The Bis technique involves building a backing track from well-programmed drum machines and samplers and then adding distorted, but shiny, New Wave-style guitars. The band members also appear to have mastered, maybe with the help of Gill, the subtle art of arranging complex pop vocals around multiple tracks of chords and effects. The credits indicate that Gill occasionally plays some guitar on Social Dancing, and it shows. Throughout the record, from time to time, you can hear that same careful guitar glistening with treble and a polished, yet hot, distortion adding a line of perfect noise to the mix. His style is so ubiquitous, however, that it might be one of the brothers playing it—but Gill should get props anyway for literally inventing the whole feel first. “Detour,” with vocal help from hipster songwriter Lois Maffeo, delivers the calmest music track. Bordering on the triphop of Massive Attack and Tricky, “Detour” gives the kids a chance to use intonation in building a groove that sounds delicate but not lightweight. About three minutes into its mesmerizing disco-dub, a guitar springs to the front shimmering with warmth. It’s analog meets digital, and neither sounds out of place, but one wonders why it was chosen as the first single. The dreamy trip weaves around deadpan vocals, whereas most of the rest of the tracks seem to ripple with enthusiasm and cheers. It’s a nice single, but whoever buys the record looking for cool jams is going to be startled by the bursts of energy that inhabit most of the disc.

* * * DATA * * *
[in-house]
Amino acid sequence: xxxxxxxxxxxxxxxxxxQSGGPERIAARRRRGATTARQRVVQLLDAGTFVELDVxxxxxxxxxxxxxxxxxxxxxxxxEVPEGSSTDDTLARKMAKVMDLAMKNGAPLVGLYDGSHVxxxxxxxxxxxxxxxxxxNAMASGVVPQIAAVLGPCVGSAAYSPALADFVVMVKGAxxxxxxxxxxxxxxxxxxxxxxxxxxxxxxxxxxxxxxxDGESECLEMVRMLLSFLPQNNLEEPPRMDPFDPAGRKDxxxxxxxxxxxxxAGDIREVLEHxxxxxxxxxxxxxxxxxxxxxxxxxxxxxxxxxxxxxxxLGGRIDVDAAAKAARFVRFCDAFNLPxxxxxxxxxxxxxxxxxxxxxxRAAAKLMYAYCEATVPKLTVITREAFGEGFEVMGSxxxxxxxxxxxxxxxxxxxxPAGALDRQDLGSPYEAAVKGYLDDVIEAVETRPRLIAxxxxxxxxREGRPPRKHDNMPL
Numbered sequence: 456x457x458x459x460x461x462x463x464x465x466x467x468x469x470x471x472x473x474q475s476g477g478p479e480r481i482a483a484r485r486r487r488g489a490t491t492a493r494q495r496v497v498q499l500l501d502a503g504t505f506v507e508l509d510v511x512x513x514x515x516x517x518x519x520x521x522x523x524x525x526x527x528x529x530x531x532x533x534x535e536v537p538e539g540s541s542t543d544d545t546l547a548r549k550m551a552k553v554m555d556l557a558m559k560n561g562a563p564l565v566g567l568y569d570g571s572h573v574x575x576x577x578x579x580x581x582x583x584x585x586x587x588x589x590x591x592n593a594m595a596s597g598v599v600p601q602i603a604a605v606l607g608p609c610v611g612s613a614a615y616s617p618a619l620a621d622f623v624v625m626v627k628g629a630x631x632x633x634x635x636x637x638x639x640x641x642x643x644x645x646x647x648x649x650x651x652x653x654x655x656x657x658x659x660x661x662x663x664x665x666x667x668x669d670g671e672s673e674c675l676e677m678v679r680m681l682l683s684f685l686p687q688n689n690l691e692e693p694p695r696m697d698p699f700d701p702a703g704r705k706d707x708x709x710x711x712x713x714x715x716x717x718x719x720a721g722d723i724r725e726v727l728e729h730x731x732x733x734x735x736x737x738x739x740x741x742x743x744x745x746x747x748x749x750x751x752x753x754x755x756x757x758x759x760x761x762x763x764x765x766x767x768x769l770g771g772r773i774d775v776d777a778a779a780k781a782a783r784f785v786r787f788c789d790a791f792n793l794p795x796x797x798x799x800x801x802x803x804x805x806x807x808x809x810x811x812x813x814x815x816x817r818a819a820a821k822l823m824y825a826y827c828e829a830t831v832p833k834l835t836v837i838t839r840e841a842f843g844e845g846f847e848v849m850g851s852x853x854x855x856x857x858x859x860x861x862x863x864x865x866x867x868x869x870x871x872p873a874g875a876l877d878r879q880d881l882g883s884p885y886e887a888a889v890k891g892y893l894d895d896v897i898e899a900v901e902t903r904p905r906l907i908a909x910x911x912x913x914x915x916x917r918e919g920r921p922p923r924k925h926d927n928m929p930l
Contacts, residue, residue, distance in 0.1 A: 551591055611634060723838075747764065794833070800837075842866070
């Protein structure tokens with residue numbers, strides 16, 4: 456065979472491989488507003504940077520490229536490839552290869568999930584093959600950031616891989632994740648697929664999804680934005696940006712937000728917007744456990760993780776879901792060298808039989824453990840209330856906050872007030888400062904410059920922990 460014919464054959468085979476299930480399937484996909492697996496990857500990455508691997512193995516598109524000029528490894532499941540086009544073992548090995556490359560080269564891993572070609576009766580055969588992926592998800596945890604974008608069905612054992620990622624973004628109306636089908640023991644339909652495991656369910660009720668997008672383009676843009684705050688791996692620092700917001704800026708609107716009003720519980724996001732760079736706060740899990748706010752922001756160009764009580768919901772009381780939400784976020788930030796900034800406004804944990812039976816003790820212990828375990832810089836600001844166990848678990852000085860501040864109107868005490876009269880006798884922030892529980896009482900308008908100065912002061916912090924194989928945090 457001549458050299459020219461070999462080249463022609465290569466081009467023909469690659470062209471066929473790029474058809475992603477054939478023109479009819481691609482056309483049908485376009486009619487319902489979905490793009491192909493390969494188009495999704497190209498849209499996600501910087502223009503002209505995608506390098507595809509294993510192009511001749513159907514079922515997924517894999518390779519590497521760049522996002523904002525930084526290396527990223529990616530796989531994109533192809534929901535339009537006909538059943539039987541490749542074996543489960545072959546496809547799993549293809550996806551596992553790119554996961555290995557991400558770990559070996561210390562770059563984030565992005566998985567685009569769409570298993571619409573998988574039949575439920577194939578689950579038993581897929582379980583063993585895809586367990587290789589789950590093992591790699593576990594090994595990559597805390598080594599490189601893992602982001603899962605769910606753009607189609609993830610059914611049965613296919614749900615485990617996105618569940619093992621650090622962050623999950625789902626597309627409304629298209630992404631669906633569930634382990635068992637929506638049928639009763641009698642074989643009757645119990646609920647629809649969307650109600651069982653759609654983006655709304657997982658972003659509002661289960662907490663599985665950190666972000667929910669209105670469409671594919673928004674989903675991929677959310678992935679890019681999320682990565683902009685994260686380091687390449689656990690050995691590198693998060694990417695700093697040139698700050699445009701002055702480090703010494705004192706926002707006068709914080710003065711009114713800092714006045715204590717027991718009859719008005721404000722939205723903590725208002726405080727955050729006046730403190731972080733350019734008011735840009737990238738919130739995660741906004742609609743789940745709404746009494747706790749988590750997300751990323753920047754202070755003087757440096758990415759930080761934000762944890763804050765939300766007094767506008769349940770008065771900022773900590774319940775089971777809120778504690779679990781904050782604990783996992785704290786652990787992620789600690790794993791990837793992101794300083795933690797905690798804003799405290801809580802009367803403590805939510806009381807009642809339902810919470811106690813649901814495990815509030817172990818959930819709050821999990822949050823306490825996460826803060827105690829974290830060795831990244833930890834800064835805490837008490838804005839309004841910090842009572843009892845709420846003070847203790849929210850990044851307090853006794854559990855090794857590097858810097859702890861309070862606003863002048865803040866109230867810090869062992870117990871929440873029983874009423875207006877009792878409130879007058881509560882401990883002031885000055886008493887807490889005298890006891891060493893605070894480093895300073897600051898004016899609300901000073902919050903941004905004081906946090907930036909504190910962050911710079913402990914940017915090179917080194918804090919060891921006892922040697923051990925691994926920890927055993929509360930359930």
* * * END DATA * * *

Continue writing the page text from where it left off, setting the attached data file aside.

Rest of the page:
Many folks won’t recall that groups like Duran Duran and New Order really did come from the postpunk underground in the early-’80s U.K. The guitar parts, the vocal arrangements, and the loving glam look are the bastard offspring of punk, even if a thousand emo and hardcore kids want to pretend otherwise. Bis, however, for all the shows it played with Bikini Kill and singles it releases on uber-cool indie K Records, gets the joke and pays homage to the Durans on “Eurodisco.” The vocals rise over a propulsive beat and synths straight out of a Flock of Seagulls: “The party’s at its end/A style is named and it’s dead/There is no latest trend/I eat just what I’m fed….” Bis takes one of the most recognizably stylized and utterly vapid forms of music (’80s synth-pop) and successfully adds meaning to the experience. It’s not nostalgia either, because Sci Fi, Disco, and Rin don’t just complain about the lack of new trends while pining for the old; they invent new updates on old styles that have room to grow even beyond what they’ve done this time around.

Bis plays the 9:30 Club Friday, Sept. 24 with Madder Rose, Discount, and Thin Lizard Dawn.